"That's mandatory, that if the judge does not understand the case, Senator De Lima must be released, and government, the Department of Justice, must study again what case should be filed against her," he said in a mix of English and Filipino. 

Hilbay added: "Hindi puwede na habang pinag-iisipan nila 'yung kaso e ikukulong siya, (It's not fair for them to keep her jailed why they study the case again) because that is unfair. And you don't need a constitutional expert to understand why that is unfair."

'Rectify the injustice'

In her petition, De Lima asked the High Court to nullify the warrant of arrest issued against her by the RTC and to stop the RTC from conducting further proceedings on her drug case.

But with a vote of 9-6, the SC, on October 10, ruled that the Muntinlupa RTC, and not the anti-graft court Sandiganbayan, has jurisdiction over the drug trade cases filed against De Lima.

The SC, in its ruling penned by Associate Justice Presbitero Velasco Jr, junked all the points raised by De Lima in her petition.

In dismissing the petition, the SC allowed 3 RTC branches in Muntinlupa to continue with their proceedings on the senator's drug case. De Lima also remains in jail at the PNP Custodial Center in Camp Crame, Quezon City.

The 9 justices who voted against De Lima were Associate Justices Presbitero Velasco Jr, Teresita Leonardo-De Castro, Diosdado Peralta, Lucas Bersamin, Mariano Del Castillo, Samuel Martires, Noel Tijam, Andres Reyes, and Alexander Gesmundo.

Meanwhile, the 6 who voted in favor of the senator were Chief Justice Maria Lourdes SerenoCarpio, and Associate Justices Estela Perlas-Bernabe, Francis Jardeleza, Marvic Leonen, and Benjamin Caguioa.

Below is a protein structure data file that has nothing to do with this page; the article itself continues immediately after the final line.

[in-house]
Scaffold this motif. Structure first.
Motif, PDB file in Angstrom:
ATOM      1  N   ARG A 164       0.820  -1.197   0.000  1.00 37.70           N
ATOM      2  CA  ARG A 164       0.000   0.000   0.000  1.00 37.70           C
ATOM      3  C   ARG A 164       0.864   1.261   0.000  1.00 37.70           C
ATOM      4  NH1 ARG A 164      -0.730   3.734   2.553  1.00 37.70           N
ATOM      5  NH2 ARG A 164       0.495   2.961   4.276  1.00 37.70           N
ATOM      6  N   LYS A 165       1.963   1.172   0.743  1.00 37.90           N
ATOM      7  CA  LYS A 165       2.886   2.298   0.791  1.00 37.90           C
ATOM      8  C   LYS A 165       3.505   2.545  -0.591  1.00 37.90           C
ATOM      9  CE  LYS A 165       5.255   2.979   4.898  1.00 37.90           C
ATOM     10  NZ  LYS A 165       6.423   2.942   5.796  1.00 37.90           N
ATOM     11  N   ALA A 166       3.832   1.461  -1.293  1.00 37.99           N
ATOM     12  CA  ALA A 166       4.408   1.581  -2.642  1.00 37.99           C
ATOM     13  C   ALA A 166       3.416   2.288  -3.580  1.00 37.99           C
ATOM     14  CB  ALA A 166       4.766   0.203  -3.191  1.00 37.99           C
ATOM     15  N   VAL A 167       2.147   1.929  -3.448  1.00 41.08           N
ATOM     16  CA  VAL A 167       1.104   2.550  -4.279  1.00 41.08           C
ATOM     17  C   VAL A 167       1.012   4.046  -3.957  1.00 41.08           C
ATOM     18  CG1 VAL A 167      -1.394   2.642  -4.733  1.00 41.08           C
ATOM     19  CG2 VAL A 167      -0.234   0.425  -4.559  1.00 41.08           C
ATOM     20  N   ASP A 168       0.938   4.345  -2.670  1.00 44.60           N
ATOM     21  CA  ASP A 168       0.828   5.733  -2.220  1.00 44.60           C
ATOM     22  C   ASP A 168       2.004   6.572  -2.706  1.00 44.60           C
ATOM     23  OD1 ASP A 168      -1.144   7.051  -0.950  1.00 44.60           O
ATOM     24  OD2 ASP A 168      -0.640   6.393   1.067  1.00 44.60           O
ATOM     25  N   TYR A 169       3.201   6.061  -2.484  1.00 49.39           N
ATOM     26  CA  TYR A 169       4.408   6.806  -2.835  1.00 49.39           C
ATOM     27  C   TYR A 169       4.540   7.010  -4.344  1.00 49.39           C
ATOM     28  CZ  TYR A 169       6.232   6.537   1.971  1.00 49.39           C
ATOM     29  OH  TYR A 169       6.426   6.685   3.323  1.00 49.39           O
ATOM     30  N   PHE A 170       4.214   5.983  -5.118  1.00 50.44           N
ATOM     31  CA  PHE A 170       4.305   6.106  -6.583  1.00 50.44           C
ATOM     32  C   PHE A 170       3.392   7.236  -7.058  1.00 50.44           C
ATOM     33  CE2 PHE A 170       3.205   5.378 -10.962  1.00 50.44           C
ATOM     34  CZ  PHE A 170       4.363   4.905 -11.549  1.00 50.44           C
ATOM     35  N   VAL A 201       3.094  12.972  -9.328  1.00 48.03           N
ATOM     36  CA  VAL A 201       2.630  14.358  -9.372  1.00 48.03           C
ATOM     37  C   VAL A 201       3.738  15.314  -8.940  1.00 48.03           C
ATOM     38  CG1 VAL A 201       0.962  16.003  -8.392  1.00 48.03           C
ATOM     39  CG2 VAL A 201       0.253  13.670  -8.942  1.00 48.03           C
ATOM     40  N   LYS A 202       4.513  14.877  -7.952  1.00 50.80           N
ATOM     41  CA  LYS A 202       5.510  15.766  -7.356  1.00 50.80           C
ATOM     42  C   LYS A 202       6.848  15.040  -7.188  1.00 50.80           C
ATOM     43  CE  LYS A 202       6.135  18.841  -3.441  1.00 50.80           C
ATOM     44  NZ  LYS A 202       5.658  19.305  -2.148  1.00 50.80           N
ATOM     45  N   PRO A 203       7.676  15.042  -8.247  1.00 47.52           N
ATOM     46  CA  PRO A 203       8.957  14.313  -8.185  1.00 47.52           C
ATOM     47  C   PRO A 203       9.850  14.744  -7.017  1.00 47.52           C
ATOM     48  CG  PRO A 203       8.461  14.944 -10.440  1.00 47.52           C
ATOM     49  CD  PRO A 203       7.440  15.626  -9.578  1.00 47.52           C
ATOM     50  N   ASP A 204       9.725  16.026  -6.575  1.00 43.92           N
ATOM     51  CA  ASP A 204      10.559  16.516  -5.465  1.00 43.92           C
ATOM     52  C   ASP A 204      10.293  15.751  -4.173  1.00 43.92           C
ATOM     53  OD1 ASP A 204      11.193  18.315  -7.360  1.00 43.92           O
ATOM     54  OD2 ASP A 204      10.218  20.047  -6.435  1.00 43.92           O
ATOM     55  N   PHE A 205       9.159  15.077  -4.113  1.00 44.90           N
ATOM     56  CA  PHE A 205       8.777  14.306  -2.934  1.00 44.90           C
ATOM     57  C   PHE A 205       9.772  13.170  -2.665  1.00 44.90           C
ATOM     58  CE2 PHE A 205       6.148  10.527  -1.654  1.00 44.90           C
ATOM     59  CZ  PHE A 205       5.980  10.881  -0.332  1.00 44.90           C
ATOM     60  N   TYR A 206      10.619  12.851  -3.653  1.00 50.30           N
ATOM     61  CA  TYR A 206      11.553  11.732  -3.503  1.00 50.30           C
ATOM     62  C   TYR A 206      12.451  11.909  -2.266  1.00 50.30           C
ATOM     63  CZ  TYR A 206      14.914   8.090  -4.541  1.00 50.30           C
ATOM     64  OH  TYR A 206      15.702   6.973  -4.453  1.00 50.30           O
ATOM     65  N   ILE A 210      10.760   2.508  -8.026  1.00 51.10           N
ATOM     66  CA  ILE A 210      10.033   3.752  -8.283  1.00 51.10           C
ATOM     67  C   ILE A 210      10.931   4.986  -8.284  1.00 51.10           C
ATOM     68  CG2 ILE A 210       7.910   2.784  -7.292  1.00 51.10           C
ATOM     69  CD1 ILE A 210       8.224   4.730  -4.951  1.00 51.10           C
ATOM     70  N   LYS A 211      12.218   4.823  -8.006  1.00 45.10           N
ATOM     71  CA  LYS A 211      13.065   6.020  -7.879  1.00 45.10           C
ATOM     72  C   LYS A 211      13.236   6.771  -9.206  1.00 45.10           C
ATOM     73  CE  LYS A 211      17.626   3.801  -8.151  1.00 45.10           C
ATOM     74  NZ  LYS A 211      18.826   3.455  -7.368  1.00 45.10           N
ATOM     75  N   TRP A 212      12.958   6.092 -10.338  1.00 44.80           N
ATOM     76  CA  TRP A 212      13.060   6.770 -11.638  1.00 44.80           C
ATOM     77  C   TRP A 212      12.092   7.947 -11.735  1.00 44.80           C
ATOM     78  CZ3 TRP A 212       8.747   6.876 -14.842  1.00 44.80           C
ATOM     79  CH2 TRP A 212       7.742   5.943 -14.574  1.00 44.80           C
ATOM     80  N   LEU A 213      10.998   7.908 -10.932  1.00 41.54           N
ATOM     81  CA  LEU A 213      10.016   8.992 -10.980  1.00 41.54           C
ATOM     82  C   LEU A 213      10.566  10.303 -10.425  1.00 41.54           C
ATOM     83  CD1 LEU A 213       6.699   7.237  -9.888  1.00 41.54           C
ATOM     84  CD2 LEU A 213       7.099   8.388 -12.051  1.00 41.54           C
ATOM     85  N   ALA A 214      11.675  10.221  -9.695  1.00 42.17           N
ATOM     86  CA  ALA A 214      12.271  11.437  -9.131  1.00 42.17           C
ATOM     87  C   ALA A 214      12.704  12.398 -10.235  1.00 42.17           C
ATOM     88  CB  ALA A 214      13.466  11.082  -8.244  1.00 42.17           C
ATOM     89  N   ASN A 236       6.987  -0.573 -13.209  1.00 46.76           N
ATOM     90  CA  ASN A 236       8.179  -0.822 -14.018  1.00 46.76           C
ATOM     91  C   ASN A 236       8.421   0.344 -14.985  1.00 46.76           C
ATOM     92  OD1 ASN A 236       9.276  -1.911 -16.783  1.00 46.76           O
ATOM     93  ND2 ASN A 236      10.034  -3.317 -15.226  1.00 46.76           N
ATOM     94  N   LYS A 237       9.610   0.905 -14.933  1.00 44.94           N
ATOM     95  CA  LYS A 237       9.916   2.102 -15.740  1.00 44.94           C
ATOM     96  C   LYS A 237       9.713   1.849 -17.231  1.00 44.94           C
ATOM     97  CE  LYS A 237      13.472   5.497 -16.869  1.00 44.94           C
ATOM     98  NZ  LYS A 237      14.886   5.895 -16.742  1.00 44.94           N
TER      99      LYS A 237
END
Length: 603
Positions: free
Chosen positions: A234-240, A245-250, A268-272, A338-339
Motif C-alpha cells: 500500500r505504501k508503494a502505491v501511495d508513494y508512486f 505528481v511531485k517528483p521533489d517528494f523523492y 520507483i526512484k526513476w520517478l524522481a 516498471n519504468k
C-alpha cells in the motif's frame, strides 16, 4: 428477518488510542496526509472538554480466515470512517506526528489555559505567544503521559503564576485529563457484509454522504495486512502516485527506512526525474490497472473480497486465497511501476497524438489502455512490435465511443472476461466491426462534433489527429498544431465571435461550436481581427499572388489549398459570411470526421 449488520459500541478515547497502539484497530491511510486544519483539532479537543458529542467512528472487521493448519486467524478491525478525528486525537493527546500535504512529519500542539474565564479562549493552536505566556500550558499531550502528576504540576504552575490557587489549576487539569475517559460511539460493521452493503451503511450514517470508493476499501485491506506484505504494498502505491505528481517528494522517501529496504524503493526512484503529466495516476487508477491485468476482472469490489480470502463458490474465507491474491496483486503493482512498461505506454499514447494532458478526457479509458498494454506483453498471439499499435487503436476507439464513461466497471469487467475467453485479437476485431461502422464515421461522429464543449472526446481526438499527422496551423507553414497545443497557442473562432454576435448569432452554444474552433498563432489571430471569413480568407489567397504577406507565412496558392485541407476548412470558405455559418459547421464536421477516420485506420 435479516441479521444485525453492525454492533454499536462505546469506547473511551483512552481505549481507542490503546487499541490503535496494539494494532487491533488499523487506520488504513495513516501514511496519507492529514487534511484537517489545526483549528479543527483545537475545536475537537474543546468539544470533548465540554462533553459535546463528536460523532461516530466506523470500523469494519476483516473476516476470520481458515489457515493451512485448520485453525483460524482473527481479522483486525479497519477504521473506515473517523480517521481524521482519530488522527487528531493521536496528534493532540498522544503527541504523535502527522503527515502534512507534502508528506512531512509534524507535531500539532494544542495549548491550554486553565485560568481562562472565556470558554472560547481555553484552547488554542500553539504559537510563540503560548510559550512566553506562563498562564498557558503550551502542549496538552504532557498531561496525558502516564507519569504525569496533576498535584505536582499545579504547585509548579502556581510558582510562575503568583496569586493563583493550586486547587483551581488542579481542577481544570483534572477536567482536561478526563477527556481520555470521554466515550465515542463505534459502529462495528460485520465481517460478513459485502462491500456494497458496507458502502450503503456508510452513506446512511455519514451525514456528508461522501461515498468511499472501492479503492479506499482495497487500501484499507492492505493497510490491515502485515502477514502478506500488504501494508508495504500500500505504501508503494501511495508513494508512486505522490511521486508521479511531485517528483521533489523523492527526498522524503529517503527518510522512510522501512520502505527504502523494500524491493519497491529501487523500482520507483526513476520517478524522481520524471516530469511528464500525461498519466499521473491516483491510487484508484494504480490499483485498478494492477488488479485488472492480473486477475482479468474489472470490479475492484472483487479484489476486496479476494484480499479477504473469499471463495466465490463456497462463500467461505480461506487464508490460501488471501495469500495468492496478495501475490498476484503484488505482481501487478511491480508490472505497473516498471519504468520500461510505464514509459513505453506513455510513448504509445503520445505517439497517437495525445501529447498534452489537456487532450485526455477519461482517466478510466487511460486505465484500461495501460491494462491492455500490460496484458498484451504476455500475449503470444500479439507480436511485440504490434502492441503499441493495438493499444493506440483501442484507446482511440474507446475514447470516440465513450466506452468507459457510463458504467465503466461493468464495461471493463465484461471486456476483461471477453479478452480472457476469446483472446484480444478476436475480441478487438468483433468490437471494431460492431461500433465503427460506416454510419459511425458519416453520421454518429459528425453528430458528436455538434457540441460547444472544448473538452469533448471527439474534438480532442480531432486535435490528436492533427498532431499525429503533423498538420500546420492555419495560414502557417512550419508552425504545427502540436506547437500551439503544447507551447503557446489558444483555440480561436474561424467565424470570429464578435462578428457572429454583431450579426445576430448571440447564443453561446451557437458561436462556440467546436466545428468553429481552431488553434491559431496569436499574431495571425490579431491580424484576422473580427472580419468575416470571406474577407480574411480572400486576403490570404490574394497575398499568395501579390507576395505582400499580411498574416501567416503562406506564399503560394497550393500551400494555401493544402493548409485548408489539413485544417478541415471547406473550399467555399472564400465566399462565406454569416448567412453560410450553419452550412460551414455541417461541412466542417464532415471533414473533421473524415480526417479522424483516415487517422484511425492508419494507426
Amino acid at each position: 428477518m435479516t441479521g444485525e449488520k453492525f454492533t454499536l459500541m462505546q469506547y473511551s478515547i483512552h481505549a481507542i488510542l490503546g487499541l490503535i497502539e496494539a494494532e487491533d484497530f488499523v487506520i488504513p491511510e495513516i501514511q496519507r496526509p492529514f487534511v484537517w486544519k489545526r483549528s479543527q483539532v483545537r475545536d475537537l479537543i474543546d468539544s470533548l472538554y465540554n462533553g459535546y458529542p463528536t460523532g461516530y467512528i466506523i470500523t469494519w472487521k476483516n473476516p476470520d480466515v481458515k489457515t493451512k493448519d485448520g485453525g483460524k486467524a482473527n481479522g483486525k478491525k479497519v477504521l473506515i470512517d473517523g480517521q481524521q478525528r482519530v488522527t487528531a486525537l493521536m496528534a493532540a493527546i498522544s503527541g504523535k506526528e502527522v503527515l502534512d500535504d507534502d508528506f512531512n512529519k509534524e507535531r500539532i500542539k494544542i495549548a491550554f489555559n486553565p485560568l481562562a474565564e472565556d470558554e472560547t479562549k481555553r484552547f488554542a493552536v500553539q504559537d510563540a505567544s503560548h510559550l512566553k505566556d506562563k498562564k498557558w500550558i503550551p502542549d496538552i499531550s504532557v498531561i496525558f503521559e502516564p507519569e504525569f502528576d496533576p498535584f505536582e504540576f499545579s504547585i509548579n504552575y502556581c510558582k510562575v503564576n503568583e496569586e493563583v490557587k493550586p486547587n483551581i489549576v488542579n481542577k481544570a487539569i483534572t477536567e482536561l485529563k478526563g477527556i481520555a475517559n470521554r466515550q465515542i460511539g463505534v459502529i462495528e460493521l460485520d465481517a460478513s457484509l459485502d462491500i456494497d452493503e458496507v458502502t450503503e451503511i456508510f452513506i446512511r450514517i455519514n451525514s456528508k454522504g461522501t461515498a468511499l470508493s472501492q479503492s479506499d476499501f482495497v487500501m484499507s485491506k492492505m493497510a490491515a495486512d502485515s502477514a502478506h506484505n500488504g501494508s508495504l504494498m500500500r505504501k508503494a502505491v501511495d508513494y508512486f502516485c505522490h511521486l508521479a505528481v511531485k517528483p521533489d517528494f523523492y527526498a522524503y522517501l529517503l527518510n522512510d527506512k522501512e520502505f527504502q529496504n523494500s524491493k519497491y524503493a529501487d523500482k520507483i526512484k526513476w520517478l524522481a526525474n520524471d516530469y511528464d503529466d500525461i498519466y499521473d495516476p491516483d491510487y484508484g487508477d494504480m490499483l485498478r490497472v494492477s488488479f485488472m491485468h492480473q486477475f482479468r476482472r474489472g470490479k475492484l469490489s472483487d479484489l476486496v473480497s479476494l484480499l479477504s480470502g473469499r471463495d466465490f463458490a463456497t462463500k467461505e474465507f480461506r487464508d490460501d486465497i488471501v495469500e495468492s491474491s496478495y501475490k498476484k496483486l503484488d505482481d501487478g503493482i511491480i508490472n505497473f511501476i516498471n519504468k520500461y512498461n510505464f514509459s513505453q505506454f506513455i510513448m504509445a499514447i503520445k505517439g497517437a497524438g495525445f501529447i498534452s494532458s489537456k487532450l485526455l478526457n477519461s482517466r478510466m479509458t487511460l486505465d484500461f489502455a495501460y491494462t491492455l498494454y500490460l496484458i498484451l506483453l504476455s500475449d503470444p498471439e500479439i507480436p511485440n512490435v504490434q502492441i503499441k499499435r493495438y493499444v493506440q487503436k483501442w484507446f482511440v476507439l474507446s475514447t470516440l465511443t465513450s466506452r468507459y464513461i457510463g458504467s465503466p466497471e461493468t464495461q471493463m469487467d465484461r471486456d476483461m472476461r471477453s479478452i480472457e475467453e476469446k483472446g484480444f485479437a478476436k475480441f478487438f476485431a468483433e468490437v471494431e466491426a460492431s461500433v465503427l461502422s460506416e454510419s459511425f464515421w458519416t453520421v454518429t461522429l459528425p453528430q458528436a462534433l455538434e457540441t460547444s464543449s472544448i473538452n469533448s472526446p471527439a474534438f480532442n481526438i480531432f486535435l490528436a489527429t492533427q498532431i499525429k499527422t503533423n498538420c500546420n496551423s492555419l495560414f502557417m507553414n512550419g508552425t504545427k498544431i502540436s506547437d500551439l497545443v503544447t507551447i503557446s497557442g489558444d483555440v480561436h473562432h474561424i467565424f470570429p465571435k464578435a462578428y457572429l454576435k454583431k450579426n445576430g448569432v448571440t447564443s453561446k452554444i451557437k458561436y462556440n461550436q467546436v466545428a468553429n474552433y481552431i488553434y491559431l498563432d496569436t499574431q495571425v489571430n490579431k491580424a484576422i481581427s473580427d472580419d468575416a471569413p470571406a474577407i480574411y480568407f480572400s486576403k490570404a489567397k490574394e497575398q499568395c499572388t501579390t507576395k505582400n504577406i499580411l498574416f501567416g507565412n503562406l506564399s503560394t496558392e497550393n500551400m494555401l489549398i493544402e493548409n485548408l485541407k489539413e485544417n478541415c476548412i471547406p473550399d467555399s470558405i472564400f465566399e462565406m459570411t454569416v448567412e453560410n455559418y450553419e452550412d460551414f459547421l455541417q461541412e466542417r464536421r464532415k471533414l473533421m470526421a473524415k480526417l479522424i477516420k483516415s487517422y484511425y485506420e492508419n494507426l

In a separate statement, De Lima appealed to the SC to seize the "opportunity to rectify the injustice” committed against her.

"It is fortunate that Petitioner is a lawyer, a lawmaker and a human rights defender who is vigilant of her rights, who fights for her liberty and freedom not otherwise available to those who cower in fear and subjection. Otherwise, the opportunity to rectify the injustice might have never even arisen," the detained senator said.

She added: "And it may yet still be lost, and the failure to remedy this injustice will go down in history as a tragically novel case where the Supreme Court – the last bastion of the Rule of Law – stood aside and willingly allowed a citizen, a human rights lawyer, and a dissenter to be incarcerated under charges that are demonstrably false based on the opinions of the members of the Honorable Court."

She also urged the SC not to allow itself to become an "instrument of injustice" by allowing the proceedings, which, according to her, are "undeniably political persecution and abuse of governmental power." –

Jee Y. Geronimo

Jee is part of Rappler's Central Desk, handling most of the world, science, and environment stories on the site. She enjoys listening to podcasts and K-pop, watching Asian dramas, and running long distances. She hopes to visit Israel someday to retrace the steps of her Savior.